Help article repositories are huge. You will need to have a working list of which topics to cover, which you will add to regularly. The more articles you add to the database, the more effective your repository searches will be.

Remember to keep help articles short, ideally between 300 and 400 words. Use bullet points and numbered lists. Your Help articles should be easy to scan on mobile devices.

4. Offer Active Support in the Form of Live Chat, Email Responses and/or Customer Service Phone Calls.

Your FAQs and Help articles can’t answer every possible question your customers will ask. Therefore, your business website should offer some kind of active support to site visitors.

More frequently, businesses are relying on live chats for active support. Customer service staff corresponds with site visitors via a text box, typically offering a personalized greeting and listening to the customer’s issue. Then, they offer links to Help articles or provide scripted responses to questions. Live chats are fast and efficient but do require that your website has more functionality than the average template offers.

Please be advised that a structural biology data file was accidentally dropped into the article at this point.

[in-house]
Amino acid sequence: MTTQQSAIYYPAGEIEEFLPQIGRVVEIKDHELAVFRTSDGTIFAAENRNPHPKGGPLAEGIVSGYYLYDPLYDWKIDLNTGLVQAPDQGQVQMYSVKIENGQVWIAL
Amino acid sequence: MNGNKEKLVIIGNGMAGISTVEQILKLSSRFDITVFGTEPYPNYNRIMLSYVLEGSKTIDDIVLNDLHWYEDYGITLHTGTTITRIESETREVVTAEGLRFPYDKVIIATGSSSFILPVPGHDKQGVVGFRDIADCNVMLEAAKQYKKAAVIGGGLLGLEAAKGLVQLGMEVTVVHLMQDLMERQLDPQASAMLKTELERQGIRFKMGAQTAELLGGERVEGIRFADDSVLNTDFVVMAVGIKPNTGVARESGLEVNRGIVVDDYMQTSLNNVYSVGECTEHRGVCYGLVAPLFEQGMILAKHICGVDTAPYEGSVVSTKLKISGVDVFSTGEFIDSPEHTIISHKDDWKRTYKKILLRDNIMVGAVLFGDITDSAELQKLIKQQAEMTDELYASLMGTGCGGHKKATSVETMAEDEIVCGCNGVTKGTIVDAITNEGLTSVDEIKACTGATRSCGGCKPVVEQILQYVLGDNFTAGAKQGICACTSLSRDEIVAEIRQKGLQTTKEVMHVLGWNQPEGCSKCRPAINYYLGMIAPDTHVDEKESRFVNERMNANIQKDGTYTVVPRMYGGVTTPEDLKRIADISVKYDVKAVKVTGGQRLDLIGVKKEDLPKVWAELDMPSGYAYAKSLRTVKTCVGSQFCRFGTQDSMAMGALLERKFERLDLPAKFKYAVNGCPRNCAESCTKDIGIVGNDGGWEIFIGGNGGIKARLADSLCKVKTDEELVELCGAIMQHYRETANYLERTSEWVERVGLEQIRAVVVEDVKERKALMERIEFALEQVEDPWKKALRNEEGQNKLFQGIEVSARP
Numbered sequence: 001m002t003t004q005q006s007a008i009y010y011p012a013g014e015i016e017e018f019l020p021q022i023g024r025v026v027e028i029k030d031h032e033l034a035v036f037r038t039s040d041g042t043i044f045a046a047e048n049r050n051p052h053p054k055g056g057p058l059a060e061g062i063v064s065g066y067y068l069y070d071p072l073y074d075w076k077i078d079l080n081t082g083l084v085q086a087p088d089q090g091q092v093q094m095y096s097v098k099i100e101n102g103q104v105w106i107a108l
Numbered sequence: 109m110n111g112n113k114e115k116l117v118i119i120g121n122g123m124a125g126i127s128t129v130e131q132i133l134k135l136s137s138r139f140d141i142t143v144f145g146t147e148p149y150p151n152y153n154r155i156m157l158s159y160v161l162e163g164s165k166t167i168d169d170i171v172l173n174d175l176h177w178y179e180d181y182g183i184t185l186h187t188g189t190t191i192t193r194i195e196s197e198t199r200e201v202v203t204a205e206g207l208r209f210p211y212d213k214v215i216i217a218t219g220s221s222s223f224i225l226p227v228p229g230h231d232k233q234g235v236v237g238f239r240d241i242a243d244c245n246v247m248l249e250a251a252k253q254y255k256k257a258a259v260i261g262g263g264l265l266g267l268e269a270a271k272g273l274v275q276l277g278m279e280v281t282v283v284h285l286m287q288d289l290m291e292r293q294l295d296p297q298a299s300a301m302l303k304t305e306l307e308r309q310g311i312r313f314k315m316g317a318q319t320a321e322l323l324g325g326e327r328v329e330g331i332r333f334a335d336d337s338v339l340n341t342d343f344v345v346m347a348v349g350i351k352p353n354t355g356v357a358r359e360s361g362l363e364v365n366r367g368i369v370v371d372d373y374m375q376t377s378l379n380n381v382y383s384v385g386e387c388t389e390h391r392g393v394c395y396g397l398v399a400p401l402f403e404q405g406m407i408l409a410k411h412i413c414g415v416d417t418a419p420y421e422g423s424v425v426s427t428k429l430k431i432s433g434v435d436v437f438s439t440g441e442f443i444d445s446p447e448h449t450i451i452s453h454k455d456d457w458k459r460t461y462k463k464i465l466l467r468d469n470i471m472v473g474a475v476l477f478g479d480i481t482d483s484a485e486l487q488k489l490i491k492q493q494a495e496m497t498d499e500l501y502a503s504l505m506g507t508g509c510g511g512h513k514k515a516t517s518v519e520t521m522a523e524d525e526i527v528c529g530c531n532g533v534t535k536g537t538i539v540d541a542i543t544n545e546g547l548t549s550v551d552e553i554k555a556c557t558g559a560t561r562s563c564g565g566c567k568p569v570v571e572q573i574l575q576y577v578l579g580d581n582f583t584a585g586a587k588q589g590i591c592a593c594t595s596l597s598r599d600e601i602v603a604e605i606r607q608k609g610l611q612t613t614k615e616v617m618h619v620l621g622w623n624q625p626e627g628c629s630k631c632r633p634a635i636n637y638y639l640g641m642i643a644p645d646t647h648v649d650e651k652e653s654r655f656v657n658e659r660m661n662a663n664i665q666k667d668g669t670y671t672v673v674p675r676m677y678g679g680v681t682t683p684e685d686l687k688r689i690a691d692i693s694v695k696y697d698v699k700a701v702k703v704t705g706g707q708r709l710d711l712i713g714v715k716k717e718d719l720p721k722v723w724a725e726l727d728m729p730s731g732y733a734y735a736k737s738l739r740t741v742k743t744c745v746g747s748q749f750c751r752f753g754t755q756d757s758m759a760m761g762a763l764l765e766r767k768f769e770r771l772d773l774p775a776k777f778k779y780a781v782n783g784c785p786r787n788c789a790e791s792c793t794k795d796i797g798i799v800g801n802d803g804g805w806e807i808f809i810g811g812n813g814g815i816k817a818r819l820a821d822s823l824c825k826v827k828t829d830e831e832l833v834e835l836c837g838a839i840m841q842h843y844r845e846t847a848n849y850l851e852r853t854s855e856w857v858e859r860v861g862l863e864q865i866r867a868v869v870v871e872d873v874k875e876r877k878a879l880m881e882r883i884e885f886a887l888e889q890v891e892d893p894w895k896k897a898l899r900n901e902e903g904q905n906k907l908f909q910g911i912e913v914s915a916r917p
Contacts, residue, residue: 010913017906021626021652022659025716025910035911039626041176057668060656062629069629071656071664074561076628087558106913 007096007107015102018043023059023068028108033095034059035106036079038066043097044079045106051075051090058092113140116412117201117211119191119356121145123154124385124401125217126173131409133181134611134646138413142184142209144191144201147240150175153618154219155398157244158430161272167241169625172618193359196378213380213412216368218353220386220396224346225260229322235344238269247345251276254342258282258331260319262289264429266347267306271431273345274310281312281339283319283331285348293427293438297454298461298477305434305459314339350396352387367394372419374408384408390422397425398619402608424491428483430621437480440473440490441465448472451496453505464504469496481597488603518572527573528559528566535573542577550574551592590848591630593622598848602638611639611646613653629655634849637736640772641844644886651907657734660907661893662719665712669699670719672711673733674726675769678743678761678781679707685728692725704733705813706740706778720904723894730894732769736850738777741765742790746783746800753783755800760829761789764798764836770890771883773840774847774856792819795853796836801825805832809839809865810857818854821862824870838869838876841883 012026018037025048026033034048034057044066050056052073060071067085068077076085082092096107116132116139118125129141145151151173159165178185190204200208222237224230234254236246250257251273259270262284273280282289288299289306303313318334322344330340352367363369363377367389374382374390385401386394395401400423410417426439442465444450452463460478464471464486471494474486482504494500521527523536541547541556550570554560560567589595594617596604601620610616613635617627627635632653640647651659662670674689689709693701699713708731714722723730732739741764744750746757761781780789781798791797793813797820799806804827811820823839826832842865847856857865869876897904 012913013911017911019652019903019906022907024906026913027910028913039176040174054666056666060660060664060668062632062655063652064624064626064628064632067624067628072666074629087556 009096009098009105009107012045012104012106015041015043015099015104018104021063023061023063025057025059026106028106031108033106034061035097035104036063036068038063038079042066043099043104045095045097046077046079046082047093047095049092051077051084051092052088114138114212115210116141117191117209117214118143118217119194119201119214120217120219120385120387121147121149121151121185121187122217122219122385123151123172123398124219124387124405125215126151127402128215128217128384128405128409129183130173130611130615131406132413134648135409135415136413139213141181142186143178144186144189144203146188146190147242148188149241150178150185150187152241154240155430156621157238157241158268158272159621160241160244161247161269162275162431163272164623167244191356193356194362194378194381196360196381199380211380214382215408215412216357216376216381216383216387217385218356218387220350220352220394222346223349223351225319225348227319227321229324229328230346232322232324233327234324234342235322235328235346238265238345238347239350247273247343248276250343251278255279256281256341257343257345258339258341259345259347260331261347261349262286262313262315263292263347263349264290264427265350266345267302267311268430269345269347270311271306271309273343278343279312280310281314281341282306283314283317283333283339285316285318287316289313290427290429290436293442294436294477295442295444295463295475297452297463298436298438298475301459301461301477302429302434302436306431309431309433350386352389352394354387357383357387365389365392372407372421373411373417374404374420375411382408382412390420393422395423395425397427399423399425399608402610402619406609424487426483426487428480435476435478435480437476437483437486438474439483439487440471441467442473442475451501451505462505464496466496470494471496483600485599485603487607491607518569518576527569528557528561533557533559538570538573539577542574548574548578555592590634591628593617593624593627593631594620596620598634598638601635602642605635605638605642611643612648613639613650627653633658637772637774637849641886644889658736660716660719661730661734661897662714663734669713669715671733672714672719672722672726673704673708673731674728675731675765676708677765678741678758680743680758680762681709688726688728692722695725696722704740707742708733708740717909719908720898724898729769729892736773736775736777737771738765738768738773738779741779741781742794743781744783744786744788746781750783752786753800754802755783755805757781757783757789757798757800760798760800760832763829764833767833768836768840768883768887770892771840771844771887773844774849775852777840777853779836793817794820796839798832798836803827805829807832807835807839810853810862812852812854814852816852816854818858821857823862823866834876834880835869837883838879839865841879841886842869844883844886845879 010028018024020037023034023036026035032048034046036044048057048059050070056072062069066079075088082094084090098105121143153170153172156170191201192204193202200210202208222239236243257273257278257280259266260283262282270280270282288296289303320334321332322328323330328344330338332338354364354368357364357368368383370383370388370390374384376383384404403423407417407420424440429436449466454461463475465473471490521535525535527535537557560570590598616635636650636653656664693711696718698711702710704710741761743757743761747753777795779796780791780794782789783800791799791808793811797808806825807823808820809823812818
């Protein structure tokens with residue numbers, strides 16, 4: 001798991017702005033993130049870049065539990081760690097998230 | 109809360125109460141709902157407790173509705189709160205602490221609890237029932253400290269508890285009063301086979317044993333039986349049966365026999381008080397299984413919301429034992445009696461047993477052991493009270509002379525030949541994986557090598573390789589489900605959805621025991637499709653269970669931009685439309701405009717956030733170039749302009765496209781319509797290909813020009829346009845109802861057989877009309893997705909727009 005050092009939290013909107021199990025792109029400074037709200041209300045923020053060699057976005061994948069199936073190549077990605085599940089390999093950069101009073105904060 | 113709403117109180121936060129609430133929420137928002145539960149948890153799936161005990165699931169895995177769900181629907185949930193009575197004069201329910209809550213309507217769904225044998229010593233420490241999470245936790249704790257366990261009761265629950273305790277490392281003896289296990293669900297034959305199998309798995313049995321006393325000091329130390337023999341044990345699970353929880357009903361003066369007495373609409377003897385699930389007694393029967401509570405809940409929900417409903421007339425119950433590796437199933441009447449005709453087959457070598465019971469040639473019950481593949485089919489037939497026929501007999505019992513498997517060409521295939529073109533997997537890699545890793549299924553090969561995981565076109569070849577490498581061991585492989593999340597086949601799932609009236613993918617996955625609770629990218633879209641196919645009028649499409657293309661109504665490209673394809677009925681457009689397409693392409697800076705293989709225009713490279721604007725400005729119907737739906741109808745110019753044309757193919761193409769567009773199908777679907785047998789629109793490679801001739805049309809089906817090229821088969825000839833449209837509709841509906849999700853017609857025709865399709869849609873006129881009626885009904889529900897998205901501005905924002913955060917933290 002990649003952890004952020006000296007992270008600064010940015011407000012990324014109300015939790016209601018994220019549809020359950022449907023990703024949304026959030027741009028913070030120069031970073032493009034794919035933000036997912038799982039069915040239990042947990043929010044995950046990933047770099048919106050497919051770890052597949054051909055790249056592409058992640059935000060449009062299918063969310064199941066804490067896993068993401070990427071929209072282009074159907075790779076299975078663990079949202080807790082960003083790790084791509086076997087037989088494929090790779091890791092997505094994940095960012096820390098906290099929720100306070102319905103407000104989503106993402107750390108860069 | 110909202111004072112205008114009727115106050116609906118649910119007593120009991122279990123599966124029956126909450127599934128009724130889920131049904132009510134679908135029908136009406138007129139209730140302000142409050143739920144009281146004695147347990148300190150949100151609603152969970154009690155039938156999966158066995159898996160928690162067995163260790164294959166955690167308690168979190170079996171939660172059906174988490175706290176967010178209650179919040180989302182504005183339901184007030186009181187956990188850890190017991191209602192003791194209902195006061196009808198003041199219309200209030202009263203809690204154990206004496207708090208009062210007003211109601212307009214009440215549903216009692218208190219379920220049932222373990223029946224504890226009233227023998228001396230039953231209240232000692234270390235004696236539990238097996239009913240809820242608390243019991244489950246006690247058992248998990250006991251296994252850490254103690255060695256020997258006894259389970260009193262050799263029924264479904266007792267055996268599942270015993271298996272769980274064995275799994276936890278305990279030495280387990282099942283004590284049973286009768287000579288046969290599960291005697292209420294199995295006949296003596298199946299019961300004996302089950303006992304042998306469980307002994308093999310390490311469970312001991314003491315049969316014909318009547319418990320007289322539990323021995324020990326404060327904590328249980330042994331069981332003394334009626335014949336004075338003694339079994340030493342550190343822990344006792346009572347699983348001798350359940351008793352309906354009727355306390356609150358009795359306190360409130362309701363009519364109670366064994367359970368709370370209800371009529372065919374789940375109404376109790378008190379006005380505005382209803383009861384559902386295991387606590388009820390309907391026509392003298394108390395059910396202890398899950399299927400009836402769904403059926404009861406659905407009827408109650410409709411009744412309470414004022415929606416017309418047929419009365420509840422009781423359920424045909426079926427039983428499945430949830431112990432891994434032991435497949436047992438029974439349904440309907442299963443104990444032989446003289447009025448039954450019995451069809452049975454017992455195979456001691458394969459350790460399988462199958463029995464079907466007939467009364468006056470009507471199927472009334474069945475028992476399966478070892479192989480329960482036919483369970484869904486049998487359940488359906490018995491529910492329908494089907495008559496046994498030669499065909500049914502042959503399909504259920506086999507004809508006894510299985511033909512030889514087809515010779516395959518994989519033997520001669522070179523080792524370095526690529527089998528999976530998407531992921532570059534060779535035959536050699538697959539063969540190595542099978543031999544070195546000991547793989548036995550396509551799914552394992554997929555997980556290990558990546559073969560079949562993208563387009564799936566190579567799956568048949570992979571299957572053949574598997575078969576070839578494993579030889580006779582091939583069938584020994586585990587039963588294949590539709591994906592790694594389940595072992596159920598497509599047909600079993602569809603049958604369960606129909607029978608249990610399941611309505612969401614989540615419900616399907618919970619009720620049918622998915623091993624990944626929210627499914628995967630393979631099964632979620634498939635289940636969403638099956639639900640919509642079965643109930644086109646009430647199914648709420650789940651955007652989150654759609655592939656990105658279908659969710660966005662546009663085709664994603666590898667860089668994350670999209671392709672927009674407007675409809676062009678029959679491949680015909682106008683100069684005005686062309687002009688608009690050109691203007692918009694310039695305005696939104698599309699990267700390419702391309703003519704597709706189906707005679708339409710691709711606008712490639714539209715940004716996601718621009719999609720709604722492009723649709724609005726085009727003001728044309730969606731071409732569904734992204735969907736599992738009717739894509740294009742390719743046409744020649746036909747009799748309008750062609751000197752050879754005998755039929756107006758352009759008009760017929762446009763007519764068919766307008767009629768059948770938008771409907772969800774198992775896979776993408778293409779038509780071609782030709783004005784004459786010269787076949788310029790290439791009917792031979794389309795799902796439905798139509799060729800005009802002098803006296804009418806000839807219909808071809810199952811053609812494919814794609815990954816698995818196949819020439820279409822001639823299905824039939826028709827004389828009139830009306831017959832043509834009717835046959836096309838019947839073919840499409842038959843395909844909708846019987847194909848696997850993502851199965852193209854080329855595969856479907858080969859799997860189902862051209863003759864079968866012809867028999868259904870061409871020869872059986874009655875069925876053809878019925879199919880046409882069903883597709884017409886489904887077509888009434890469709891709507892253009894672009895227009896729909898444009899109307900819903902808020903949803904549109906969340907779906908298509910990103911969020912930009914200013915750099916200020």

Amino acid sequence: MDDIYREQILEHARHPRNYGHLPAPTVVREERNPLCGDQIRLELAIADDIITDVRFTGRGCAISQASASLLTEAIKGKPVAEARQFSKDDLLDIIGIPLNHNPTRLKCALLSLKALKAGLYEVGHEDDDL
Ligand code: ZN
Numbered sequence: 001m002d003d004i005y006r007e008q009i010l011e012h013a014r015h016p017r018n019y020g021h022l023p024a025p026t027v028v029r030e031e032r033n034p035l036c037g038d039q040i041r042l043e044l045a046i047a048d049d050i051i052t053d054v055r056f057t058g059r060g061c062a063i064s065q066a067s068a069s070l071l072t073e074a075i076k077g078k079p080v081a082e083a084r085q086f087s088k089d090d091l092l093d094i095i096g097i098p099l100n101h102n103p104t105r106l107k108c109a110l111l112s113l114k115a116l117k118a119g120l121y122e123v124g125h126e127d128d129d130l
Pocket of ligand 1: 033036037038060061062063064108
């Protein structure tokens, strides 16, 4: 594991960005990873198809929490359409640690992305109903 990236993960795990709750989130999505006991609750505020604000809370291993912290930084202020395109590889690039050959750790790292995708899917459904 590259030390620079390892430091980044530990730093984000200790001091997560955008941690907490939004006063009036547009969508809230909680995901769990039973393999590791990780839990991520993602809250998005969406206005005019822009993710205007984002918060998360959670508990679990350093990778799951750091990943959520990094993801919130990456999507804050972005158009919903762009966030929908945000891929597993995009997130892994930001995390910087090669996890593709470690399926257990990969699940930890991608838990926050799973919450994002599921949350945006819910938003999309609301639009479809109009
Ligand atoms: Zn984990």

If your current site can’t support live chat functionality, use a combination of help desk tickets and email responses to offer active support. You can still share links to Help articles and use your company’s scripted responses.

There are some companies who prefer to skip live chat and email responses in favor of phone-based customer service support. If you pursue this option, make sure you have someone available at all times to respond to your customers’ questions. A missed call after hours is the same thing as a no response.